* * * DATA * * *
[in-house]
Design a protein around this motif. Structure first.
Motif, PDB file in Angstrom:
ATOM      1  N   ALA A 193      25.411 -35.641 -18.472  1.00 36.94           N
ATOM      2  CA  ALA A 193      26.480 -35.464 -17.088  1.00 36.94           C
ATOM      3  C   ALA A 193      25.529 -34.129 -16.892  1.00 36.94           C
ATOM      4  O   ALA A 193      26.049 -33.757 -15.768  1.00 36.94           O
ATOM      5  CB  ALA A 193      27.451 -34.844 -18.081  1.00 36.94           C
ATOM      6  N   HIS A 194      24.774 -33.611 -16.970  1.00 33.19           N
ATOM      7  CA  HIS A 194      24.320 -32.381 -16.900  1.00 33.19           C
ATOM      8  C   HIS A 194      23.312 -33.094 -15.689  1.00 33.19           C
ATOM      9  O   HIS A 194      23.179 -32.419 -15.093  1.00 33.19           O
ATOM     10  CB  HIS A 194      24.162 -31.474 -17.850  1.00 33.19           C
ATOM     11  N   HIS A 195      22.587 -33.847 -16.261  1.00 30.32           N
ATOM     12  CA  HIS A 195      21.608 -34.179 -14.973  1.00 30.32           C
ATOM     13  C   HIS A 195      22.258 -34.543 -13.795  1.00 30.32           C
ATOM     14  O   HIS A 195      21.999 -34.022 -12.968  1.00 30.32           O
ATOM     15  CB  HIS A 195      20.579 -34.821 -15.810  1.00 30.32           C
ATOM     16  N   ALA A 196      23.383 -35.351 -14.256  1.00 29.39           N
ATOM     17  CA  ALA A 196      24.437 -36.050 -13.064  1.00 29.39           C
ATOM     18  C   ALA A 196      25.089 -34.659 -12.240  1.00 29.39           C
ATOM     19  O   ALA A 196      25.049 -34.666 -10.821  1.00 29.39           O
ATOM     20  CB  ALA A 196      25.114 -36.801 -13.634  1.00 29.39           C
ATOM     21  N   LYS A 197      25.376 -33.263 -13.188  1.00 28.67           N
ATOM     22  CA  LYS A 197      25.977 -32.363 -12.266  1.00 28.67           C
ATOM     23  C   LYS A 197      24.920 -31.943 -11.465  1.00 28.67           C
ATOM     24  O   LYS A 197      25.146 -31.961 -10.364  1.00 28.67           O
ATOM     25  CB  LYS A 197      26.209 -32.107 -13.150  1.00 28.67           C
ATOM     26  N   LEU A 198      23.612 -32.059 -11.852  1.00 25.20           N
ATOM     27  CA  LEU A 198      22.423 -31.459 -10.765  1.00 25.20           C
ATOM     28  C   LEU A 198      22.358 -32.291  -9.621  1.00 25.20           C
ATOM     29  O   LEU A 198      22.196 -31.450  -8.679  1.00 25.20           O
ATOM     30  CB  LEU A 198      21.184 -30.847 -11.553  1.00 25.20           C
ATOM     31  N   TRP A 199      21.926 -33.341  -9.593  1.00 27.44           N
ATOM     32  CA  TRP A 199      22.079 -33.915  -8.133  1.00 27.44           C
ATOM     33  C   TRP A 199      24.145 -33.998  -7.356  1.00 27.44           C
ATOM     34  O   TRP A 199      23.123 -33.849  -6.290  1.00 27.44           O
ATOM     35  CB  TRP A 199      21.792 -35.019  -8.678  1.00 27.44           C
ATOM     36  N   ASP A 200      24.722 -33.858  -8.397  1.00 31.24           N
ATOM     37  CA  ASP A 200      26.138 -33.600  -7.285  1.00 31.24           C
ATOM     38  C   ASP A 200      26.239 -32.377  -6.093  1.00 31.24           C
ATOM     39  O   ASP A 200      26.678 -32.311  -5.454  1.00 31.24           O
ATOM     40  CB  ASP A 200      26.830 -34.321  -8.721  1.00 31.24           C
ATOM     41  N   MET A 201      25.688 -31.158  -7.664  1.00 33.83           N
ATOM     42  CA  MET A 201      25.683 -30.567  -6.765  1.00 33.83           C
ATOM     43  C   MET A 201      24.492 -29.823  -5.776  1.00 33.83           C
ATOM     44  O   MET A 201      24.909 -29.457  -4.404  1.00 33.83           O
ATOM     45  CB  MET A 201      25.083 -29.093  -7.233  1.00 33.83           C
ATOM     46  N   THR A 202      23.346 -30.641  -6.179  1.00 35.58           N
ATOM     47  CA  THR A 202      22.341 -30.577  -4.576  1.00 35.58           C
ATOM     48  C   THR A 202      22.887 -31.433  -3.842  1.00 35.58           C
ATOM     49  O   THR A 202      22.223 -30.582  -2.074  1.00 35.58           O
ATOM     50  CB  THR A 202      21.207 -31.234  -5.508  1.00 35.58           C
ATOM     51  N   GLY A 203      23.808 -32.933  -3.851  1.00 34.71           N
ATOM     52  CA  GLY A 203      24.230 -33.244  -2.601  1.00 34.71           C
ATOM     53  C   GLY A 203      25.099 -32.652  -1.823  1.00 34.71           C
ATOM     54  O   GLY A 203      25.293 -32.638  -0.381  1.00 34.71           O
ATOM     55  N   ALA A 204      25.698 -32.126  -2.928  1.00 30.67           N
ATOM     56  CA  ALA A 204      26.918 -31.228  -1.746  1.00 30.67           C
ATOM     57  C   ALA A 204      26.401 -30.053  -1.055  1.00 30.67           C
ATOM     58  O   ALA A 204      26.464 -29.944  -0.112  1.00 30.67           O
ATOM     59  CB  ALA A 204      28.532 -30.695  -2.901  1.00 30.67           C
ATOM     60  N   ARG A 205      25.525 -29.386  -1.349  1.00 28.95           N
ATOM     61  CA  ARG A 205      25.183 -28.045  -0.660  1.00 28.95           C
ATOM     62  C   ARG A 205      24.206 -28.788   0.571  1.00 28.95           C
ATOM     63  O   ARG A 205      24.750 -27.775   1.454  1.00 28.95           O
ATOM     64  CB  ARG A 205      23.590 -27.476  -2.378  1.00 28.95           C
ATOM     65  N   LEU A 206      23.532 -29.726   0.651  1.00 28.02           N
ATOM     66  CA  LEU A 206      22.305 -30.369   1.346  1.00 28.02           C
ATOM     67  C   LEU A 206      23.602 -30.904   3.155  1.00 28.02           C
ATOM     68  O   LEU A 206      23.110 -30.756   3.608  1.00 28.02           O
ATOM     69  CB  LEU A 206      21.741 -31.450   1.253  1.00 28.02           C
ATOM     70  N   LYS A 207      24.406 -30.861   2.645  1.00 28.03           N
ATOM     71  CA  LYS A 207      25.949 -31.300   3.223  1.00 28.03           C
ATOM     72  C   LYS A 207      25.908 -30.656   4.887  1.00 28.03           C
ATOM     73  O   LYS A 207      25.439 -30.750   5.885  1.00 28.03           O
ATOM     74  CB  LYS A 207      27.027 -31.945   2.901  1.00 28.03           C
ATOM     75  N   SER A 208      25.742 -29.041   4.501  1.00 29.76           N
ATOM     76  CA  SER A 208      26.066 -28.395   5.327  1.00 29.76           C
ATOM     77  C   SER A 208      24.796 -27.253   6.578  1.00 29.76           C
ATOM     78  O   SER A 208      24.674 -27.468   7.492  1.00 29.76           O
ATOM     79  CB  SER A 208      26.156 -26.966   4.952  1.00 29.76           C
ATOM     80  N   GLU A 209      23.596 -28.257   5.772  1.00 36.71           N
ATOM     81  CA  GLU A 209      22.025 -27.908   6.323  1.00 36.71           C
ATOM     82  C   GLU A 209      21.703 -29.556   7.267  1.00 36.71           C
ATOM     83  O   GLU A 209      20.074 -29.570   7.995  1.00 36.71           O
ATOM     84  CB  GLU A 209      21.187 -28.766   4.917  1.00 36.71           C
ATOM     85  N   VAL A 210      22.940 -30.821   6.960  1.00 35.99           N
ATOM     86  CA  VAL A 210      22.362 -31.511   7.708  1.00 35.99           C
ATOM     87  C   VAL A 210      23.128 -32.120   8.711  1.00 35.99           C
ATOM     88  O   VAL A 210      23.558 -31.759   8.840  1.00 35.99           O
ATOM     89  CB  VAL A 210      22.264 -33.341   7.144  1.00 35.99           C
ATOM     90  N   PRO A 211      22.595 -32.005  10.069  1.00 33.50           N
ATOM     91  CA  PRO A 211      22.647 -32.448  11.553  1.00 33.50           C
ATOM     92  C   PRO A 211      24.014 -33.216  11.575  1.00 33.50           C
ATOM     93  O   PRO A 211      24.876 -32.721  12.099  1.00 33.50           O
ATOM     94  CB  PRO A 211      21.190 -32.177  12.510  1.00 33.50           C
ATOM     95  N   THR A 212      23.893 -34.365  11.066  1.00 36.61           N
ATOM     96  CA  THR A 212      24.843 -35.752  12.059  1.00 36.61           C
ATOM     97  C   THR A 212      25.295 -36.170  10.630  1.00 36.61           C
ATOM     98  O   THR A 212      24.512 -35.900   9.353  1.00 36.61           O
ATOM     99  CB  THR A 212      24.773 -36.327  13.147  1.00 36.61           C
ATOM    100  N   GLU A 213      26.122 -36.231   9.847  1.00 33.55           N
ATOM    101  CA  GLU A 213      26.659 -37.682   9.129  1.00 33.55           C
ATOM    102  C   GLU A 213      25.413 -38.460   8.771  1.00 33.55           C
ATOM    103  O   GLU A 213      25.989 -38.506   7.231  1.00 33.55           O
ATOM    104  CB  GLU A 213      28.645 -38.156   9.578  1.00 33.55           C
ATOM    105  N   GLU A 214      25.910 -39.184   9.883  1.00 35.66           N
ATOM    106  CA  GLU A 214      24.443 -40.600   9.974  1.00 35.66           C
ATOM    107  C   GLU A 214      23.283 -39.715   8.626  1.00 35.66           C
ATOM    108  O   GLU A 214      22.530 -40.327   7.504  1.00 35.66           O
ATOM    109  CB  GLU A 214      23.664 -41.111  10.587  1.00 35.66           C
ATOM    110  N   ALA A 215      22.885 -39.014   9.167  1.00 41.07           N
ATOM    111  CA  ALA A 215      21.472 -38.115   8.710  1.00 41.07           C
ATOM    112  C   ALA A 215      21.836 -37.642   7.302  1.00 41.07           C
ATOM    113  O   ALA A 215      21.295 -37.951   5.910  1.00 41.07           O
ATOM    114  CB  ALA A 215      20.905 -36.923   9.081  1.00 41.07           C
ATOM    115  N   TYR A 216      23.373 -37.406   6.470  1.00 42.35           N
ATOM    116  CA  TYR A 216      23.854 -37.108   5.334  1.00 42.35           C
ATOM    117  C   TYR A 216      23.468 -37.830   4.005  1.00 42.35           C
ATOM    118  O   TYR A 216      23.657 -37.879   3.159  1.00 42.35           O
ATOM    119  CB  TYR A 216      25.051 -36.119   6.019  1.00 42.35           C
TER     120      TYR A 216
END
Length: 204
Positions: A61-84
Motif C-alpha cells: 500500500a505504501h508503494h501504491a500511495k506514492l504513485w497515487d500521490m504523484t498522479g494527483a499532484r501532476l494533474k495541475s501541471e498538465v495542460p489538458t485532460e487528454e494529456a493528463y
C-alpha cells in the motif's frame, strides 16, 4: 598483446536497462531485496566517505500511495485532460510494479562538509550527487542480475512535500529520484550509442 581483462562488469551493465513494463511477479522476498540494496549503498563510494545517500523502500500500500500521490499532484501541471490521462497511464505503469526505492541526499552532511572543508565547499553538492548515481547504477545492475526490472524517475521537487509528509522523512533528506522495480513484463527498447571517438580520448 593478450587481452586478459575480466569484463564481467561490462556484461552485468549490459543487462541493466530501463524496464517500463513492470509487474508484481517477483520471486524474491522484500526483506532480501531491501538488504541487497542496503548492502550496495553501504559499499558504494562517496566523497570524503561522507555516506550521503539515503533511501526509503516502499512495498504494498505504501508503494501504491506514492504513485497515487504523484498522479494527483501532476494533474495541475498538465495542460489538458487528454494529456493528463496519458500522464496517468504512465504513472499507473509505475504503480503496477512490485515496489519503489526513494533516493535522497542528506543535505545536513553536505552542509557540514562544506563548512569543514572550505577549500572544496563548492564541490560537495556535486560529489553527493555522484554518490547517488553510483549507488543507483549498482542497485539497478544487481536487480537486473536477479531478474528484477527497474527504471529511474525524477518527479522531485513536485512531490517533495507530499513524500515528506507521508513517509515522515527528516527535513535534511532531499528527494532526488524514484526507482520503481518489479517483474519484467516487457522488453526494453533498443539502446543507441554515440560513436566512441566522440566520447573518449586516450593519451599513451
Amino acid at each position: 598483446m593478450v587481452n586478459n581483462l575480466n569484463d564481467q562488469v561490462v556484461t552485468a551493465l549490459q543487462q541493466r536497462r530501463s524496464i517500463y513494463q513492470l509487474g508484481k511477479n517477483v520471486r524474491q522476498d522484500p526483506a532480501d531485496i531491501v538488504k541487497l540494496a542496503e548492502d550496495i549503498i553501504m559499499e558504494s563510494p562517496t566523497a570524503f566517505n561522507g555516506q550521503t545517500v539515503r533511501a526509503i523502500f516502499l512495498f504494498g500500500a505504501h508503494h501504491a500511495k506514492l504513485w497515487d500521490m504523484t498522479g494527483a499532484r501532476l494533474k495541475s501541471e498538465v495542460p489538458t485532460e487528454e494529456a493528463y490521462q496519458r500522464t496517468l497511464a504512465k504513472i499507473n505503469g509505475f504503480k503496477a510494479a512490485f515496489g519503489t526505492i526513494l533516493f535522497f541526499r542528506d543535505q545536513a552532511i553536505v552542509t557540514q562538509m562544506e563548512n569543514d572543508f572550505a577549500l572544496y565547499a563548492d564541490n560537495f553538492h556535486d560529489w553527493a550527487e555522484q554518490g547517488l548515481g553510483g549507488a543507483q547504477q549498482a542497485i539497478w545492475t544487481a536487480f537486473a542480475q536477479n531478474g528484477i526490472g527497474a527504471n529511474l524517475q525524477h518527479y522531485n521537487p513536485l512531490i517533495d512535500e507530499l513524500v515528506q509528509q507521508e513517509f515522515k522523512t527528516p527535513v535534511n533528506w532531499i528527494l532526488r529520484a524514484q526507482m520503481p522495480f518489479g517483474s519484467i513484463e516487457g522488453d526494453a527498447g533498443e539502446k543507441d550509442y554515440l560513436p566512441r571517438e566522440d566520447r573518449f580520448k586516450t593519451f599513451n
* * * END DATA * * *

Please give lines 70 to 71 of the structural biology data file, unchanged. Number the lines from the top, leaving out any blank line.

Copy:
ATOM     67  C   LEU A 206      23.602 -30.904   3.155  1.00 28.02           C
ATOM     68  O   LEU A 206      23.110 -30.756   3.608  1.00 28.02           O